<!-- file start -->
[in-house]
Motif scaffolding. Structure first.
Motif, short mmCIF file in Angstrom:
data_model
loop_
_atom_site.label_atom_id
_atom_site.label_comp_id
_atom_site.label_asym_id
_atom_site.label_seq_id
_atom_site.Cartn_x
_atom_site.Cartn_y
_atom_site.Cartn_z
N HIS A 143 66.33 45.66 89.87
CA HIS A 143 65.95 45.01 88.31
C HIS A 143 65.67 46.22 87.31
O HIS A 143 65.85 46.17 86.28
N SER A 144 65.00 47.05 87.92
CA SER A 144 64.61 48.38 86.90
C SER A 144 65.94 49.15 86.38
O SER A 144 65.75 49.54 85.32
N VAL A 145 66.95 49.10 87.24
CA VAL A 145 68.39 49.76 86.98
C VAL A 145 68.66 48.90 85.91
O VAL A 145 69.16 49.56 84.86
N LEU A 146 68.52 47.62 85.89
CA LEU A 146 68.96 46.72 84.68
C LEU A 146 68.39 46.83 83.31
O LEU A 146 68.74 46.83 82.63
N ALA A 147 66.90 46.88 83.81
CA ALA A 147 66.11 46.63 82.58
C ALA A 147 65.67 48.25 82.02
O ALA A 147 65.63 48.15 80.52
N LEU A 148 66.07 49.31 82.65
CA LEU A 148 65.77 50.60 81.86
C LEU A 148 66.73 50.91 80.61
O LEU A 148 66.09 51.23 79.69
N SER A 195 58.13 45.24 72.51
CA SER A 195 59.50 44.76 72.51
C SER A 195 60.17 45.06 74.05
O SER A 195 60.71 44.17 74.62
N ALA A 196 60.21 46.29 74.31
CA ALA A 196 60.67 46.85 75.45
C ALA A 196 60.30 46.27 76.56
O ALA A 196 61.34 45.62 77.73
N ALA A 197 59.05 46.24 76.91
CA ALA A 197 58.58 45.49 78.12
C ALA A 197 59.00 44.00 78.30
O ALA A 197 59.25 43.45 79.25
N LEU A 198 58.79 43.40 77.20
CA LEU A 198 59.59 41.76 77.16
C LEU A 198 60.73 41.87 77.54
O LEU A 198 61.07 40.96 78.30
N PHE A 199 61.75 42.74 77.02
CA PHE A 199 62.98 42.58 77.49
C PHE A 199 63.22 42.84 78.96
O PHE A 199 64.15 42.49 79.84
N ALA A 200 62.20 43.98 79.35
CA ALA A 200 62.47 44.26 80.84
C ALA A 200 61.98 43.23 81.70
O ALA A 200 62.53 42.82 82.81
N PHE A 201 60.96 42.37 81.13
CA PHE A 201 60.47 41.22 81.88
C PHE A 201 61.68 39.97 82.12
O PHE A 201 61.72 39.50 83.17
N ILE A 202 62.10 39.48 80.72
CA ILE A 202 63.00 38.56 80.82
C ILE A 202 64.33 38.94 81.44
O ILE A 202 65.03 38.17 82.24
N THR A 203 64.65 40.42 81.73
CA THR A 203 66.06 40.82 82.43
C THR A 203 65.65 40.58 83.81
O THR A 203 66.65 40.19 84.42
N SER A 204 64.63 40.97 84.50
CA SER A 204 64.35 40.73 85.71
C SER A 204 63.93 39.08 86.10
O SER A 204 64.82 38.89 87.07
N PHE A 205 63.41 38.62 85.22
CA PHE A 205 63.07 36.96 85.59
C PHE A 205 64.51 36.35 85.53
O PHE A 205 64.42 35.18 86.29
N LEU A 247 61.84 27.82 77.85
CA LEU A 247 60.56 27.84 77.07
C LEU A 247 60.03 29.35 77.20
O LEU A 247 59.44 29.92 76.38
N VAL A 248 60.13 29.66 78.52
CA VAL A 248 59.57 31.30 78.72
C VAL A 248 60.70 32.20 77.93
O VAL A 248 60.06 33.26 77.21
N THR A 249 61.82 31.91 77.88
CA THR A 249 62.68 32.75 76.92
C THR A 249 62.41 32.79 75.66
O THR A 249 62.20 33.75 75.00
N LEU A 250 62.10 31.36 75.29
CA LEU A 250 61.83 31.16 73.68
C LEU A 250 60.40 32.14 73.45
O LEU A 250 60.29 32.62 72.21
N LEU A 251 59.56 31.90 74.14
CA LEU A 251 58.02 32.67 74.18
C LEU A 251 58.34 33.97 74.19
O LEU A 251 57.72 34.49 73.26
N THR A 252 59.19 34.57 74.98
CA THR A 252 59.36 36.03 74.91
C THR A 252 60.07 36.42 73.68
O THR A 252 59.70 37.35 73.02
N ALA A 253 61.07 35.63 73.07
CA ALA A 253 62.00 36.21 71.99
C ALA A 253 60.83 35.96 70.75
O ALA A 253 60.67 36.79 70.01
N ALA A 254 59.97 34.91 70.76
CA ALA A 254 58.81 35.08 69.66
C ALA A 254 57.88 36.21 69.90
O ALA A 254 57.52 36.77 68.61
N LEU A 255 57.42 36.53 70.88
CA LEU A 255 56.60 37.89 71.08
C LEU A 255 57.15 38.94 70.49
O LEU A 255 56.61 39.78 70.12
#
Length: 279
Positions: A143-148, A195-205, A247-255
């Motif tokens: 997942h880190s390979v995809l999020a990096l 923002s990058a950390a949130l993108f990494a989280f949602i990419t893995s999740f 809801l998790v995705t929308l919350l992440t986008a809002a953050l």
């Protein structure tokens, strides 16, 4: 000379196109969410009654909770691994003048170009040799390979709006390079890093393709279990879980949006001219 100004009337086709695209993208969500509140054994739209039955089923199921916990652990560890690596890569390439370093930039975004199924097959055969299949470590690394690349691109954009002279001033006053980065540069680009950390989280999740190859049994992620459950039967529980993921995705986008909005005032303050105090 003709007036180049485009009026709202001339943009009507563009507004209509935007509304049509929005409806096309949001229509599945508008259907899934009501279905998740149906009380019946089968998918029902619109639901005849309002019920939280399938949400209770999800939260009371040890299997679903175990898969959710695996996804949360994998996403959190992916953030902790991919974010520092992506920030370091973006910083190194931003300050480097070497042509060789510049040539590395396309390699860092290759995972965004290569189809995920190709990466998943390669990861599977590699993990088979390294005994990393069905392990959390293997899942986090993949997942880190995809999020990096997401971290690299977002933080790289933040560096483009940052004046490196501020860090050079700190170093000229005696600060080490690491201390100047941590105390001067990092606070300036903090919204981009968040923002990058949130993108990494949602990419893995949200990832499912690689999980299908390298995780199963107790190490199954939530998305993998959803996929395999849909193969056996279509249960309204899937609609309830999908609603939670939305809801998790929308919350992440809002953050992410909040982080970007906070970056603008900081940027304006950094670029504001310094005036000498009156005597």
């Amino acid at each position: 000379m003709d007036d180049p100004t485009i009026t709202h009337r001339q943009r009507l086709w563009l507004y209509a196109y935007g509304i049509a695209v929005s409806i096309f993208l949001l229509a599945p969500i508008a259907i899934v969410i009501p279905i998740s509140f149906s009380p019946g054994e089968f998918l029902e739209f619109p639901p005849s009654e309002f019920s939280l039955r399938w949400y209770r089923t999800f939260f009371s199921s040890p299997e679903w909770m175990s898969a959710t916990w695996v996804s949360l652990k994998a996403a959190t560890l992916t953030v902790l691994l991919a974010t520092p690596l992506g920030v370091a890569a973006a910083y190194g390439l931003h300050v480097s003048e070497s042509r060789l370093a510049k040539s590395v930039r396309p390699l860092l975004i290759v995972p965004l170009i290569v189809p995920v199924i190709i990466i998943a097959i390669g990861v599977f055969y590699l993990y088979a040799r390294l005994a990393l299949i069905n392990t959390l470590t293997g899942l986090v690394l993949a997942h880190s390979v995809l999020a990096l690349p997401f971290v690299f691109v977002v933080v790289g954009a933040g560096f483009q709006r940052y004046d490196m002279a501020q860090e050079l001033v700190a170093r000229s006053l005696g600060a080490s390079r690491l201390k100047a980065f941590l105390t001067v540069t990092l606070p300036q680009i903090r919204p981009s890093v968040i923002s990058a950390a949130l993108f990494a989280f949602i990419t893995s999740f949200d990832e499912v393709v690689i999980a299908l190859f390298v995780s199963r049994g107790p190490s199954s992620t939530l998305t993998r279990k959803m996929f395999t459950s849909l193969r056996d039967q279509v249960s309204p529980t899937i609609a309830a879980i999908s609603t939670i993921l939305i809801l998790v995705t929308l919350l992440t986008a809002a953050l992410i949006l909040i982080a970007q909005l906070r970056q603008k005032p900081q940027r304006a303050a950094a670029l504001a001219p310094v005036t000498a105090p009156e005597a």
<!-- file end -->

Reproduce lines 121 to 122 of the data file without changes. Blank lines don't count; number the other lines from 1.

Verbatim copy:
């Protein structure tokens, strides 16, 4: 000379196109969410009654909770691994003048170009040799390979709006390079890093393709279990879980949006001219 100004009337086709695209993208969500509140054994739209039955089923199921916990652990560890690596890569390439370093930039975004199924097959055969299949470590690394690349691109954009002279001033006053980065540069680009950390989280999740190859049994992620459950039967529980993921995705986008909005005032303050105090 003709007036180049485009009026709202001339943009009507563009507004209509935007509304049509929005409806096309949001229509599945508008259907899934009501279905998740149906009380019946089968998918029902619109639901005849309002019920939280399938949400209770999800939260009371040890299997679903175990898969959710695996996804949360994998996403959190992916953030902790991919974010520092992506920030370091973006910083190194931003300050480097070497042509060789510049040539590395396309390699860092290759995972965004290569189809995920190709990466998943390669990861599977590699993990088979390294005994990393069905392990959390293997899942986090993949997942880190995809999020990096997401971290690299977002933080790289933040560096483009940052004046490196501020860090050079700190170093000229005696600060080490690491201390100047941590105390001067990092606070300036903090919204981009968040923002990058949130993108990494949602990419893995949200990832499912690689999980299908390298995780199963107790190490199954939530998305993998959803996929395999849909193969056996279509249960309204899937609609309830999908609603939670939305809801998790929308919350992440809002953050992410909040982080970007906070970056603008900081940027304006950094670029504001310094005036000498009156005597």
């Amino acid at each position: 000379m003709d007036d180049p100004t485009i009026t709202h009337r001339q943009r009507l086709w563009l507004y209509a196109y935007g509304i049509a695209v929005s409806i096309f993208l949001l229509a599945p969500i508008a259907i899934v969410i009501p279905i998740s509140f149906s009380p019946g054994e089968f998918l029902e739209f619109p639901p005849s009654e309002f019920s939280l039955r399938w949400y209770r089923t999800f939260f009371s199921s040890p299997e679903w909770m175990s898969a959710t916990w695996v996804s949360l652990k994998a996403a959190t560890l992916t953030v902790l691994l991919a974010t520092p690596l992506g920030v370091a890569a973006a910083y190194g390439l931003h300050v480097s003048e070497s042509r060789l370093a510049k040539s590395v930039r396309p390699l860092l975004i290759v995972p965004l170009i290569v189809p995920v199924i190709i990466i998943a097959i390669g990861v599977f055969y590699l993990y088979a040799r390294l005994a990393l299949i069905n392990t959390l470590t293997g899942l986090v690394l993949a997942h880190s390979v995809l999020a990096l690349p997401f971290v690299f691109v977002v933080v790289g954009a933040g560096f483009q709006r940052y004046d490196m002279a501020q860090e050079l001033v700190a170093r000229s006053l005696g600060a080490s390079r690491l201390k100047a980065f941590l105390t001067v540069t990092l606070p300036q680009i903090r919204p981009s890093v968040i923002s990058a950390a949130l993108f990494a989280f949602i990419t893995s999740f949200d990832e499912v393709v690689i999980a299908l190859f390298v995780s199963r049994g107790p190490s199954s992620t939530l998305t993998r279990k959803m996929f395999t459950s849909l193969r056996d039967q279509v249960s309204p529980t899937i609609a309830a879980i999908s609603t939670i993921l939305i809801l998790v995705t929308l919350l992440t986008a809002a953050l992410i949006l909040i982080a970007q909005l906070r970056q603008k005032p900081q940027r304006a303050a950094a670029l504001a001219p310094v005036t000498a105090p009156e005597a």